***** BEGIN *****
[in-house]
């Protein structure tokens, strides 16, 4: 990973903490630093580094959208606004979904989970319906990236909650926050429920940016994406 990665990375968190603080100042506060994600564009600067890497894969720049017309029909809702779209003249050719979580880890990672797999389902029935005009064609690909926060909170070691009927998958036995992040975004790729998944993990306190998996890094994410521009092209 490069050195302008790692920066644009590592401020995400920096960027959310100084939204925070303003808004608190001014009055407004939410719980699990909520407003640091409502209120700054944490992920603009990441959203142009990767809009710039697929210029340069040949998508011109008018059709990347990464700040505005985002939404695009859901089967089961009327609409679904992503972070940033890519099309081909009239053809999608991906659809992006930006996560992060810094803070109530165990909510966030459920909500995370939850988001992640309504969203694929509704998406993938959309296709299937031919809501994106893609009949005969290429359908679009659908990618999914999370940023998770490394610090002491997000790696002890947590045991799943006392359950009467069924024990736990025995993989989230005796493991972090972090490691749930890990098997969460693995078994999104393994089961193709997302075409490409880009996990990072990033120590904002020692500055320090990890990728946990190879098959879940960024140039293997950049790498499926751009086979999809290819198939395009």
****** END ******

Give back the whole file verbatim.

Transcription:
[in-house]
């Protein structure tokens, strides 16, 4: 990973903490630093580094959208606004979904989970319906990236909650926050429920940016994406 990665990375968190603080100042506060994600564009600067890497894969720049017309029909809702779209003249050719979580880890990672797999389902029935005009064609690909926060909170070691009927998958036995992040975004790729998944993990306190998996890094994410521009092209 490069050195302008790692920066644009590592401020995400920096960027959310100084939204925070303003808004608190001014009055407004939410719980699990909520407003640091409502209120700054944490992920603009990441959203142009990767809009710039697929210029340069040949998508011109008018059709990347990464700040505005985002939404695009859901089967089961009327609409679904992503972070940033890519099309081909009239053809999608991906659809992006930006996560992060810094803070109530165990909510966030459920909500995370939850988001992640309504969203694929509704998406993938959309296709299937031919809501994106893609009949005969290429359908679009659908990618999914999370940023998770490394610090002491997000790696002890947590045991799943006392359950009467069924024990736990025995993989989230005796493991972090972090490691749930890990098997969460693995078994999104393994089961193709997302075409490409880009996990990072990033120590904002020692500055320090990890990728946990190879098959879940960024140039293997950049790498499926751009086979999809290819198939395009």